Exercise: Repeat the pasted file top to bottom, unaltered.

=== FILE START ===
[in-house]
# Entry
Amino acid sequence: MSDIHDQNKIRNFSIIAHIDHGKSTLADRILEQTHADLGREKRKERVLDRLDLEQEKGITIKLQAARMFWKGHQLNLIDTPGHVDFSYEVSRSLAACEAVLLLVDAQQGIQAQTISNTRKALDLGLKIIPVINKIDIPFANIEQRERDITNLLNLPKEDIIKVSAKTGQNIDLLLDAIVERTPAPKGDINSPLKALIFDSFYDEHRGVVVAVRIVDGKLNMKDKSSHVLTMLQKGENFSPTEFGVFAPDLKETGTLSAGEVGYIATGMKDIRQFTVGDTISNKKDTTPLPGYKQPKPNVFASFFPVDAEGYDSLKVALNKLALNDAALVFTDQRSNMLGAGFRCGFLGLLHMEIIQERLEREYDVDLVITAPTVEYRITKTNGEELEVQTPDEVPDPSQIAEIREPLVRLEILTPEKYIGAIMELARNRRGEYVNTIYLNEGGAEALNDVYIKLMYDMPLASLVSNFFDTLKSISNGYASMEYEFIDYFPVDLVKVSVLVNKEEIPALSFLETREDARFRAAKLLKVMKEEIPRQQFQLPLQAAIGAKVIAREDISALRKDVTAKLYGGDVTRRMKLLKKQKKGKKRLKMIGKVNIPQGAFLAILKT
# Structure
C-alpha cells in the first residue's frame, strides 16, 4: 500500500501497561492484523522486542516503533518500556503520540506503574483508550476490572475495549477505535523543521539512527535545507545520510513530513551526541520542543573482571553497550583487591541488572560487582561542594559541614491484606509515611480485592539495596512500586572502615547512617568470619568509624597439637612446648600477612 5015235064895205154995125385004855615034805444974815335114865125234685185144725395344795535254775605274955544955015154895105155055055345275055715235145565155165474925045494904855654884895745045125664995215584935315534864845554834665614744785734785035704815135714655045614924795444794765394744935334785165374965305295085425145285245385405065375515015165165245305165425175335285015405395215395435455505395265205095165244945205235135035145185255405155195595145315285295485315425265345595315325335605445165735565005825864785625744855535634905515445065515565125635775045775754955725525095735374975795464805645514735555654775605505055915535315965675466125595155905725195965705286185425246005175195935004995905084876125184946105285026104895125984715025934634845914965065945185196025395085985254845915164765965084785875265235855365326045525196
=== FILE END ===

[in-house]
# Entry
Amino acid sequence: MSDIHDQNKIRNFSIIAHIDHGKSTLADRILEQTHADLGREKRKERVLDRLDLEQEKGITIKLQAARMFWKGHQLNLIDTPGHVDFSYEVSRSLAACEAVLLLVDAQQGIQAQTISNTRKALDLGLKIIPVINKIDIPFANIEQRERDITNLLNLPKEDIIKVSAKTGQNIDLLLDAIVERTPAPKGDINSPLKALIFDSFYDEHRGVVVAVRIVDGKLNMKDKSSHVLTMLQKGENFSPTEFGVFAPDLKETGTLSAGEVGYIATGMKDIRQFTVGDTISNKKDTTPLPGYKQPKPNVFASFFPVDAEGYDSLKVALNKLALNDAALVFTDQRSNMLGAGFRCGFLGLLHMEIIQERLEREYDVDLVITAPTVEYRITKTNGEELEVQTPDEVPDPSQIAEIREPLVRLEILTPEKYIGAIMELARNRRGEYVNTIYLNEGGAEALNDVYIKLMYDMPLASLVSNFFDTLKSISNGYASMEYEFIDYFPVDLVKVSVLVNKEEIPALSFLETREDARFRAAKLLKVMKEEIPRQQFQLPLQAAIGAKVIAREDISALRKDVTAKLYGGDVTRRMKLLKKQKKGKKRLKMIGKVNIPQGAFLAILKT
# Structure
C-alpha cells in the first residue's frame, strides 16, 4: 500500500501497561492484523522486542516503533518500556503520540506503574483508550476490572475495549477505535523543521539512527535545507545520510513530513551526541520542543573482571553497550583487591541488572560487582561542594559541614491484606509515611480485592539495596512500586572502615547512617568470619568509624597439637612446648600477612 5015235064895205154995125385004855615034805444974815335114865125234685185144725395344795535254775605274955544955015154895105155055055345275055715235145565155165474925045494904855654884895745045125664995215584935315534864845554834665614744785734785035704815135714655045614924795444794765394744935334785165374965305295085425145285245385405065375515015165165245305165425175335285015405395215395435455505395265205095165244945205235135035145185255405155195595145315285295485315425265345595315325335605445165735565005825864785625744855535634905515445065515565125635775045775754955725525095735374975795464805645514735555654775605505055915535315965675466125595155905725195965705286185425246005175195935004995905084876125184946105285026104895125984715025934634845914965065945185196025395085985254845915164765965084785875265235855365326045525196